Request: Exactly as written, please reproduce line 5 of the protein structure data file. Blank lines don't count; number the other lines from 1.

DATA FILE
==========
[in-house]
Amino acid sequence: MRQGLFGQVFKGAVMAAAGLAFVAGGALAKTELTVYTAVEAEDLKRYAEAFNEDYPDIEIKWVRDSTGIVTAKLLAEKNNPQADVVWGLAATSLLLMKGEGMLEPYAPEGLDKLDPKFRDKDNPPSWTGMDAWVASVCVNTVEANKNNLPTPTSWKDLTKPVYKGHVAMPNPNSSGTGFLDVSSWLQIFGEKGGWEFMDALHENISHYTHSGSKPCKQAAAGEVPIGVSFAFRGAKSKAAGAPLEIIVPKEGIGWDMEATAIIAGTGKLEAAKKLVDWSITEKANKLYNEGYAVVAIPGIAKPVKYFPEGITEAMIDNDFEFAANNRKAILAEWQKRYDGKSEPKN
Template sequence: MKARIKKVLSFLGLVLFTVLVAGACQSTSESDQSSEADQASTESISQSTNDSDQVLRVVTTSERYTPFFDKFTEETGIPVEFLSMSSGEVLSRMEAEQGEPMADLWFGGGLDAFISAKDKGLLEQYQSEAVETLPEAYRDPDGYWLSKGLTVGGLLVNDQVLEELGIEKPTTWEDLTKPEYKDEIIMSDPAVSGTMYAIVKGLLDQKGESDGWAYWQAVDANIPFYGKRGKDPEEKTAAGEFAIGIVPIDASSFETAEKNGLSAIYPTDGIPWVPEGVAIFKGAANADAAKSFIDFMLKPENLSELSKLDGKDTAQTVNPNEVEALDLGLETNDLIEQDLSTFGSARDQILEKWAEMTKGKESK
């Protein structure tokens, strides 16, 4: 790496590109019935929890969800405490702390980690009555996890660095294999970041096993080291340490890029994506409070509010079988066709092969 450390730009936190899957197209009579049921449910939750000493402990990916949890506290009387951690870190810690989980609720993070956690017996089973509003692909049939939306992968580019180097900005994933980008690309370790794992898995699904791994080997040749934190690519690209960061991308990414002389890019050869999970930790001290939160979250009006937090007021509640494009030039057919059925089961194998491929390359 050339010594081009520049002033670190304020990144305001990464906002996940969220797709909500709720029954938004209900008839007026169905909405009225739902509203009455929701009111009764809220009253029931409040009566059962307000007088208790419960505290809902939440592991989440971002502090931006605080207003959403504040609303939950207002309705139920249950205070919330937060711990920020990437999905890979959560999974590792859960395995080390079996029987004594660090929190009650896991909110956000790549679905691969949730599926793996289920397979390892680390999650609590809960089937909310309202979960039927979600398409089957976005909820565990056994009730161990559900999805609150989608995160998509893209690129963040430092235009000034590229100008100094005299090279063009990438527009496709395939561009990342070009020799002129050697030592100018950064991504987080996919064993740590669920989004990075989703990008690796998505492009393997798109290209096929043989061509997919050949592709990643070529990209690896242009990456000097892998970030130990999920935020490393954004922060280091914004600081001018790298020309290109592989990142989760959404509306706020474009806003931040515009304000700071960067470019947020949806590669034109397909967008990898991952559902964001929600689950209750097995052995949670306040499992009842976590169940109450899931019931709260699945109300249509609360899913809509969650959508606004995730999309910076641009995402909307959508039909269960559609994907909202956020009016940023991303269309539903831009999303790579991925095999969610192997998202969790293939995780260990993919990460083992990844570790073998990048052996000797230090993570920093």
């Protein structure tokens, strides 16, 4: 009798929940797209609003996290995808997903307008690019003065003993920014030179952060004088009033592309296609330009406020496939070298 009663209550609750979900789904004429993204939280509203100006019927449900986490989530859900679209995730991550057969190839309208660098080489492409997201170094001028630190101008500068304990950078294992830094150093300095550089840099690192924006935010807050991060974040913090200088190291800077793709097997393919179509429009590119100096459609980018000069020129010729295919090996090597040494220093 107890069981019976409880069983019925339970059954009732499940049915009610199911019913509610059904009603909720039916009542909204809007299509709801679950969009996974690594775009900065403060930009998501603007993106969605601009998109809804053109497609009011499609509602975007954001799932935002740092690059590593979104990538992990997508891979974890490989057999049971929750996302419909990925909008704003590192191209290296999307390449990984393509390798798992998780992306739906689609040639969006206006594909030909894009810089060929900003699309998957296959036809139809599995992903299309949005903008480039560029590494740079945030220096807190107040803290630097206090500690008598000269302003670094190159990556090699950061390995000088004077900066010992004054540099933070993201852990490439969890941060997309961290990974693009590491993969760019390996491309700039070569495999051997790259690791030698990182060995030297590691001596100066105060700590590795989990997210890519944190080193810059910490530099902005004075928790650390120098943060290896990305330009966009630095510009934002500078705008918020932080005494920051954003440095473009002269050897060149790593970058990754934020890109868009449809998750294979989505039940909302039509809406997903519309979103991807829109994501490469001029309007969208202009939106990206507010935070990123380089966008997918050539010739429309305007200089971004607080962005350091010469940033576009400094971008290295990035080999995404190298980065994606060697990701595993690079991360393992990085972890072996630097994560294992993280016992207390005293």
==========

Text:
């Protein structure tokens, strides 16, 4: 009798929940797209609003996290995808997903307008690019003065003993920014030179952060004088009033592309296609330009406020496939070298 009663209550609750979900789904004429993204939280509203100006019927449900986490989530859900679209995730991550057969190839309208660098080489492409997201170094001028630190101008500068304990950078294992830094150093300095550089840099690192924006935010807050991060974040913090200088190291800077793709097997393919179509429009590119100096459609980018000069020129010729295919090996090597040494220093 107890069981019976409880069983019925339970059954009732499940049915009610199911019913509610059904009603909720039916009542909204809007299509709801679950969009996974690594775009900065403060930009998501603007993106969605601009998109809804053109497609009011499609509602975007954001799932935002740092690059590593979104990538992990997508891979974890490989057999049971929750996302419909990925909008704003590192191209290296999307390449990984393509390798798992998780992306739906689609040639969006206006594909030909894009810089060929900003699309998957296959036809139809599995992903299309949005903008480039560029590494740079945030220096807190107040803290630097206090500690008598000269302003670094190159990556090699950061390995000088004077900066010992004054540099933070993201852990490439969890941060997309961290990974693009590491993969760019390996491309700039070569495999051997790259690791030698990182060995030297590691001596100066105060700590590795989990997210890519944190080193810059910490530099902005004075928790650390120098943060290896990305330009966009630095510009934002500078705008918020932080005494920051954003440095473009002269050897060149790593970058990754934020890109868009449809998750294979989505039940909302039509809406997903519309979103991807829109994501490469001029309007969208202009939106990206507010935070990123380089966008997918050539010739429309305007200089971004607080962005350091010469940033576009400094971008290295990035080999995404190298980065994606060697990701595993690079991360393992990085972890072996630097994560294992993280016992207390005293």